Pier Carlo Trucco is the current managing director, co-founder and main shareholder of Keydos, a management-consulting firm based in Milan and Rome, Italy. He holds an MBA from UCLA and made his career as a partner in large multinational consulting firms including Ernst & Young and Deloitte Consulting. He advises large Italian and international corporations in the fields of strategic planning and organization. He has published a large number of articles in business journals and the general press. The Dartmouth Business Journal had the opportunity to ask Pier Carlo Trucco about his views on the field of management consulting, recent events in Italian industry and finance, and the connection between the Italian economy and the US economy in this time of financial crisis. 

Dartmouth Business Journal (DBJ): What led you to choose a career in management consulting?

Pier Carlo Trucco (PCT): For a young MBA, that was probably the most sought-after profession in Italy and Western Europe. I’m not sure it still is…

DBJ: Which do you feel was most valuable to the success of your career: your college and post-college studies or the experience you picked up on the job? What does an average day of work at your consulting firm entail?

PCT: Frankly, in my country, a U.S. degree is quite appreciated in the job market. That means you get a good start, which is essential. But, overall, I should say that what you learn on the field is way more valuable. Each day, we focus on results and on project deadlines. This may, and usually does, result in long workdays, including weekends. I have seen American colleagues getting home at 5 p.m. on a regular basis, though. This may have many explanations, including a more efficient way of organizing work on that side of the Atlantic.

DBJ: What, in your opinion is the most difficult or stressful part of the management consulting profession? What do you find most rewarding about it?

PCT: What is difficult and stressing is also the most rewarding: client satisfaction is the key. This is a very difficult and moving target, especially since competitors do exist.

DBJ: Has your consulting firm been involved with the airline industry in Italy? What, in your opinion, led to Alitalia’s decline?

PCT: I have worked for the airline industry and for Alitalia. The projects I’ve been involved in focused the matter of alliances and strategic development of routes.

Alitalia’s decline has come a long way. We can date it back some 20 years. I know this may seem like an exaggeration, but we must keep in mind that Alitalia, like many European flag-carriers, used to be a subsidized, state-owned company. Failure to cope with the changing market was its main problem. As the European Union acted against national monopolies, starting in the early nineties, two types of competitors emerged. The first type would be a European company with a similar cost structure but possessing a stronger hold on the market, granting it a lead in the business traveler segment. Examples are British Airways or Lufthansa. The second type of competitor was the emerging low-cost airline, such as Ryan Air or EasyJet. These names may mean little to an American, as they are point-to-point carriers dedicated to serving the European market. Think of Southwest, to give you an idea. While the dominant flag carriers weakened Alitalia’s competitive position with the European business passengers and on the intercontinental routes, the low-cost airlines hit the economy class passenger market. Alitalia found itself with an unchanged cost structure but with declining revenues. As we know, this is the path to bankruptcy, unless the government rescues you. However, the EU rules now prevent governments from rescuing airlines. So you can guess what happened then.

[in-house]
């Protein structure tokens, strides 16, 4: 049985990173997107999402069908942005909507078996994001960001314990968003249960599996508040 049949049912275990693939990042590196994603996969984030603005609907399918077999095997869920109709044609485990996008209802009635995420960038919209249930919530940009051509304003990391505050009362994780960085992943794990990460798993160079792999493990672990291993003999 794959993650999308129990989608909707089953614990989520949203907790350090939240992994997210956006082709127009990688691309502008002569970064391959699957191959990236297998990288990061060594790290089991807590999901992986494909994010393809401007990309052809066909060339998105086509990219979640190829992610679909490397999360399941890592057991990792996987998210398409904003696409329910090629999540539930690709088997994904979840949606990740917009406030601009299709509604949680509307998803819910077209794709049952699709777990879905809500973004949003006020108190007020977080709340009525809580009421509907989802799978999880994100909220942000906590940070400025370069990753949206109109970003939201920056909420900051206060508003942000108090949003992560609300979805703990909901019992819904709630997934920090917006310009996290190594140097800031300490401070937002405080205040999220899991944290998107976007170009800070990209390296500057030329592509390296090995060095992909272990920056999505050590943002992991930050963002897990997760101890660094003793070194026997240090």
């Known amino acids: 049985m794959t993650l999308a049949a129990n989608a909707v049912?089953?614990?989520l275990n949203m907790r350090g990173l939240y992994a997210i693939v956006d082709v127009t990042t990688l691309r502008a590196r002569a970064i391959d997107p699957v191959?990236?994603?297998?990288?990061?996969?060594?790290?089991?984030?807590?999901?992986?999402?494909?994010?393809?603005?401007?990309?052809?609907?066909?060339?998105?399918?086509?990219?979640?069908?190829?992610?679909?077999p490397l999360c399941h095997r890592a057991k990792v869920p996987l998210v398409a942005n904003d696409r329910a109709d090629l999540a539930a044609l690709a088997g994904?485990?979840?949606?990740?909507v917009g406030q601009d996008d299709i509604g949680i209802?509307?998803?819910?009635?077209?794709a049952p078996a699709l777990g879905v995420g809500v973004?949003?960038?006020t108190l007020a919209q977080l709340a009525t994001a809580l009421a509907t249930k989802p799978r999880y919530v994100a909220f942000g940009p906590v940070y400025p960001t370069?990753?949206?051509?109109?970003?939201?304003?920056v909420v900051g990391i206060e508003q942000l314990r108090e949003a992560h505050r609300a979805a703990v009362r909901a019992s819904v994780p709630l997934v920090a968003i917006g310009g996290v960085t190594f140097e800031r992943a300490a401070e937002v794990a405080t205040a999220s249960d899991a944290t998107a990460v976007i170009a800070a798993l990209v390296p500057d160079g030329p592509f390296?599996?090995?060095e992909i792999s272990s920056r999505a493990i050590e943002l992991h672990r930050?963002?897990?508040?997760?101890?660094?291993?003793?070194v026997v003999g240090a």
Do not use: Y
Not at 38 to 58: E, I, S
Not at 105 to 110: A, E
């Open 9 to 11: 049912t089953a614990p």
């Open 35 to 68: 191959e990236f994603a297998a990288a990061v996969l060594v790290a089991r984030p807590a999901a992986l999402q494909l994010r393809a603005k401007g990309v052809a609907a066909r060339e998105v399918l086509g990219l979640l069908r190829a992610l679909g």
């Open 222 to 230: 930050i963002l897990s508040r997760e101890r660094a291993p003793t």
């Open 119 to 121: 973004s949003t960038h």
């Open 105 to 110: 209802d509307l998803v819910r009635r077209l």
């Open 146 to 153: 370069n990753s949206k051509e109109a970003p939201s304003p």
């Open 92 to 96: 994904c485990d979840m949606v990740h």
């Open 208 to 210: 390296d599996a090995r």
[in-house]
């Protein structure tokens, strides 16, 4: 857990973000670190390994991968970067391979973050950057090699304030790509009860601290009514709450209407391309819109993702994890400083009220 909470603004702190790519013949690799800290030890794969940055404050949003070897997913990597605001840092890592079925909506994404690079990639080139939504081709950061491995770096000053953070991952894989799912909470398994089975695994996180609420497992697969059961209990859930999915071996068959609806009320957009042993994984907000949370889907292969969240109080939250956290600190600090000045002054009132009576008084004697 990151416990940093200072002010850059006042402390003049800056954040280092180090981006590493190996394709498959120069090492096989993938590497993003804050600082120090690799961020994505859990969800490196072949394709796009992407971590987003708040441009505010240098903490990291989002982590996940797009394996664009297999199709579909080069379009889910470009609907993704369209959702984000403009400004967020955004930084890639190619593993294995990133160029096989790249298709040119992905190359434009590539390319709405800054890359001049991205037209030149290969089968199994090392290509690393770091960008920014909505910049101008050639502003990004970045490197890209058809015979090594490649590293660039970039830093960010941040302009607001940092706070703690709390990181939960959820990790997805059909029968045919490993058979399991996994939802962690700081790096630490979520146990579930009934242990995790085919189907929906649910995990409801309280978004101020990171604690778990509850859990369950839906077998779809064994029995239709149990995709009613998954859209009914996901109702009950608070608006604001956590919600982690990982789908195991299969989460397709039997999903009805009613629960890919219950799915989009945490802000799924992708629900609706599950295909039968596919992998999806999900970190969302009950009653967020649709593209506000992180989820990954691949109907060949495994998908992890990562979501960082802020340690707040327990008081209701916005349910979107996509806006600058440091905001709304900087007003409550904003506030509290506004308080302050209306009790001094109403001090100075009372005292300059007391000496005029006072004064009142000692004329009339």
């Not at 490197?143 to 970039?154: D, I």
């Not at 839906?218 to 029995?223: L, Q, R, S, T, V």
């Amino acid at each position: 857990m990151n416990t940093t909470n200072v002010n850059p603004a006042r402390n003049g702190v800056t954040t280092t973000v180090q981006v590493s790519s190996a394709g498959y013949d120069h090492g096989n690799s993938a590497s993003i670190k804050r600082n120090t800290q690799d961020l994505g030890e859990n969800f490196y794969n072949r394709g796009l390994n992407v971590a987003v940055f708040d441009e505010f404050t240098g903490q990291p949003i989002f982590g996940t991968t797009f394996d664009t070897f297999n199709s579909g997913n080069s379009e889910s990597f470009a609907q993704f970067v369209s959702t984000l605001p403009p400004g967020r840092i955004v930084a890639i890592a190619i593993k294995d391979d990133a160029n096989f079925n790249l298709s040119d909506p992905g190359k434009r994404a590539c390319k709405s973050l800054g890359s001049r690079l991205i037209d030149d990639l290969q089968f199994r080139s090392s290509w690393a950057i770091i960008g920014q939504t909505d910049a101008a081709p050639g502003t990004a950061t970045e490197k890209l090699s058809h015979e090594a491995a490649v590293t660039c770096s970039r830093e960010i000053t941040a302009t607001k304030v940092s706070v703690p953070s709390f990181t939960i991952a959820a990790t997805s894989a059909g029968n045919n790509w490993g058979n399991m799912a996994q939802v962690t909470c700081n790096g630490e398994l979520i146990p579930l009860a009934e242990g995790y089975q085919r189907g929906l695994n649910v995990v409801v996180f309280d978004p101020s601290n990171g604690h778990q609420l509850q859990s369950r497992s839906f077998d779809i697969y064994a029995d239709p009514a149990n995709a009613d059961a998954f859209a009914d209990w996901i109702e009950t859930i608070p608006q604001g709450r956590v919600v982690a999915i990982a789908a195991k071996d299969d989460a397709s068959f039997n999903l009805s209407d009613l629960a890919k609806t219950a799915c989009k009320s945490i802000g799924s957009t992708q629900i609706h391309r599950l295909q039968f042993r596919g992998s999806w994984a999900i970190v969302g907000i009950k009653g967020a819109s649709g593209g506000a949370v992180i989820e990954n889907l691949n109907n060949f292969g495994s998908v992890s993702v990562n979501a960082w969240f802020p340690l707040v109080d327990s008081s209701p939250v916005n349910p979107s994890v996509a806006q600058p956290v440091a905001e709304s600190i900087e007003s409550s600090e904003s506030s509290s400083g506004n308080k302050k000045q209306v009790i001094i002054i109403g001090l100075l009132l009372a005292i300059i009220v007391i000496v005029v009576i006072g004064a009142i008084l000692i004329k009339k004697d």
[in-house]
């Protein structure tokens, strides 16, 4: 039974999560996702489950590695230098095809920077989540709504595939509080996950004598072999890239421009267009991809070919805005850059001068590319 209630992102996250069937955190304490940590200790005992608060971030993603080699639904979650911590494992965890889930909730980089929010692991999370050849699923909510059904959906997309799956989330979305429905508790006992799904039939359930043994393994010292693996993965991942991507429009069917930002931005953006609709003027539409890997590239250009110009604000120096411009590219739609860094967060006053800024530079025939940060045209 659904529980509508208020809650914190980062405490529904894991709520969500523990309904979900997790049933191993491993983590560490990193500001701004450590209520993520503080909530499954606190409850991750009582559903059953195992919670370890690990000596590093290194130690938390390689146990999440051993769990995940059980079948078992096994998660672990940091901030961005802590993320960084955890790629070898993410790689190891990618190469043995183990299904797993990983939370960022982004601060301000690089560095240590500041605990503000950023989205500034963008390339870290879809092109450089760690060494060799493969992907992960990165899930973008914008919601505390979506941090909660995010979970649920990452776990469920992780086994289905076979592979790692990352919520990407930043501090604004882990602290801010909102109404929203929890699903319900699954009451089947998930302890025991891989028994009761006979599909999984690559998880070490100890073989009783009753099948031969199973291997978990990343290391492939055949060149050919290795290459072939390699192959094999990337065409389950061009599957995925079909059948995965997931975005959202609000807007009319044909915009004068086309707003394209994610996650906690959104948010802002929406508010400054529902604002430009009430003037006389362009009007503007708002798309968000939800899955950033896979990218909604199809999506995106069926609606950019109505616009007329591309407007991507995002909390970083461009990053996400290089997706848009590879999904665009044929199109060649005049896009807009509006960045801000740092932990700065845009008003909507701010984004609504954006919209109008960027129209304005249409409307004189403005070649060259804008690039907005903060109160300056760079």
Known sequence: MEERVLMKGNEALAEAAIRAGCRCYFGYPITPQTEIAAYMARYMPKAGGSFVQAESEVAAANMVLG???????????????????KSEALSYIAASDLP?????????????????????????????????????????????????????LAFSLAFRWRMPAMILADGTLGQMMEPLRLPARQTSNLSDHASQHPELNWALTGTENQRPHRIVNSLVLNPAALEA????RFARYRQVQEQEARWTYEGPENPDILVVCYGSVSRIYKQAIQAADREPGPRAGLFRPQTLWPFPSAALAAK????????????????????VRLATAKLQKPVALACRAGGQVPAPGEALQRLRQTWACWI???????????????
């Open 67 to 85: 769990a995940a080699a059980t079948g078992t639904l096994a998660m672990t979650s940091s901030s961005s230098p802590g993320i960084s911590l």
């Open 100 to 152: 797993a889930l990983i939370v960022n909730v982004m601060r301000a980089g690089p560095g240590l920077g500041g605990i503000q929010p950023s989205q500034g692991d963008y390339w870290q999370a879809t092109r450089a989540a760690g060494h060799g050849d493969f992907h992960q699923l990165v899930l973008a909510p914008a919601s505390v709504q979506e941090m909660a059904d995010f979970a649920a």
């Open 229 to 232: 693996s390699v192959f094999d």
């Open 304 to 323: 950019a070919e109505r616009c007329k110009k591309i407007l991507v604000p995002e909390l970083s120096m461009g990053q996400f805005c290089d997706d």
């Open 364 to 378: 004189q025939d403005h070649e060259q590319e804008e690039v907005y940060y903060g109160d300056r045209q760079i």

DBJ: So, it went bankrupt?

PCT: It underwent a procedure similar to that involved in Chapter 11 Bankruptcy in the United States. Then, an industrial group came and bought the majority of assets.

The US press has covered this rescue you refer to of Alitalia Airlines by an Italian industry group and an impending investment in Alitalia by Air France. How is the new Alitalia planning to stay afloat?
There are controversial opinions on the price paid for the so-called rescue. Most analysts believe that the price paid was too low. Furthermore, the government has suspended the anti-trust regulation for a period of six months in order to favor the new company’s take-off. European competitors are not exactly happy and have appealed to the EU. To answer your question, I would say that the new Alitalia heavily counts on preferential treatment and the ability to take its first steps in a protected environment.